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Foods That Claim to Lower Cholesterol


Flaxseed

Flaxseed is the richest plant source of the omega-3 fatty acid alpha-linolenic acid (ALA). It also contains heart-healthy soluble fiber. ALA, which is found only in plant foods, is considered an essential fatty acid because the body cannot make it on its own -- it must be supplied by the diet. In addition to flaxseed and flaxseed oil, other good sources of ALA include English walnuts, canola oil, soybean oil, and leafy greens. According to the Institute of Medicine, women should get 1.1 g of ALA a day, and men should get 1.6 g, which is on target with the amount the typical American adult consumes. 

Our bodies can convert some ALA -- about 15 percent -- to DHA and EPA, the omega-3 fatty acids found in fish, but a diet high in trans fat and polyunsaturated fat may inhibit the conversion. So don't count on ALA as your main source of DHA and EPA.  

Is ALA as good for your heart as DHA and EPA? Some studies have shown that consuming up to 2.8 g of ALA each day reduces the risk of cardiovascular disease. The Nurses' Health Study found that those who consumed the most ALA (an average of 1.4 g a day) lowered their risk of dying from a fatal heart attack by 45 percent, as compared with those who consumed the least amount (an average of 0.7 g a day). However, despite this evidence, it's uncertain whether flaxseed or flaxseed oil lowers blood-cholesterol levels.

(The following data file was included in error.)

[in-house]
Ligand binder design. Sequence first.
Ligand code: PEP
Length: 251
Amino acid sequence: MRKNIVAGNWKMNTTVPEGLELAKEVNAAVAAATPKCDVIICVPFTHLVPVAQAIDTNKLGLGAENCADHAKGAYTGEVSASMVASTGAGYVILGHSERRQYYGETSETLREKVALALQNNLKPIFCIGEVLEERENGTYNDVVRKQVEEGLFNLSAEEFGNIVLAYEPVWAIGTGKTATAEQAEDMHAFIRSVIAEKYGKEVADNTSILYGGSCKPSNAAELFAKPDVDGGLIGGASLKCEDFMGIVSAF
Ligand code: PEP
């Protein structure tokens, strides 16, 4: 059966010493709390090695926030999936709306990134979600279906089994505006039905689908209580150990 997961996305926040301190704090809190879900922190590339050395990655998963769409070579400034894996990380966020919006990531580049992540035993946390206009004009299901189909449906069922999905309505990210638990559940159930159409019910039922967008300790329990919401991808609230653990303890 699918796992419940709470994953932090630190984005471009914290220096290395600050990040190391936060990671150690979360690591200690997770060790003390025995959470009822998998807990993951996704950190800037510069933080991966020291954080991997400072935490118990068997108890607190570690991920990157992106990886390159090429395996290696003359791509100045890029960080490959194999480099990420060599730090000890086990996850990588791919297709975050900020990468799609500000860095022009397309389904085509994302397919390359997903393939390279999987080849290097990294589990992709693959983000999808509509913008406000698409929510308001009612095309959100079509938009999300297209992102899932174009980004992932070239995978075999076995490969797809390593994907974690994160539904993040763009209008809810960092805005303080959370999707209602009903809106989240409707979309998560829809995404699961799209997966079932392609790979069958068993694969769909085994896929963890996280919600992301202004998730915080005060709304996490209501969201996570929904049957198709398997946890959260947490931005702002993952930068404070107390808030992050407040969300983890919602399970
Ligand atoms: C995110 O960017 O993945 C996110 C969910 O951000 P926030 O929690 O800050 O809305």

Guggul, an extract from tree resin, also claims to reduce cholesterol. See the next page to find out if research can confirm these claims.  

To find out more information about reducing cholesterol, see:  

  • How Cholesterol Works: Cholesterol is vital to human life. Learn what cholesterol is, why we need it, and how too much can be deadly.

This information is solely for informational purposes. IT IS NOT INTENDED TO PROVIDE MEDICAL ADVICE. Neither the Editors of Consumer Guide (R), Publications International, Ltd., the author nor publisher take responsibility for any possible consequences from any treatment, procedure, exercise, dietary modification, action or application of medication which results from reading or following the information contained in this information. The publication of this information does not constitute the practice of medicine, and this information does not replace the advice of your physician or other health care provider. Before undertaking any course of treatment, the reader must seek the advice of their physician or other health care provider.


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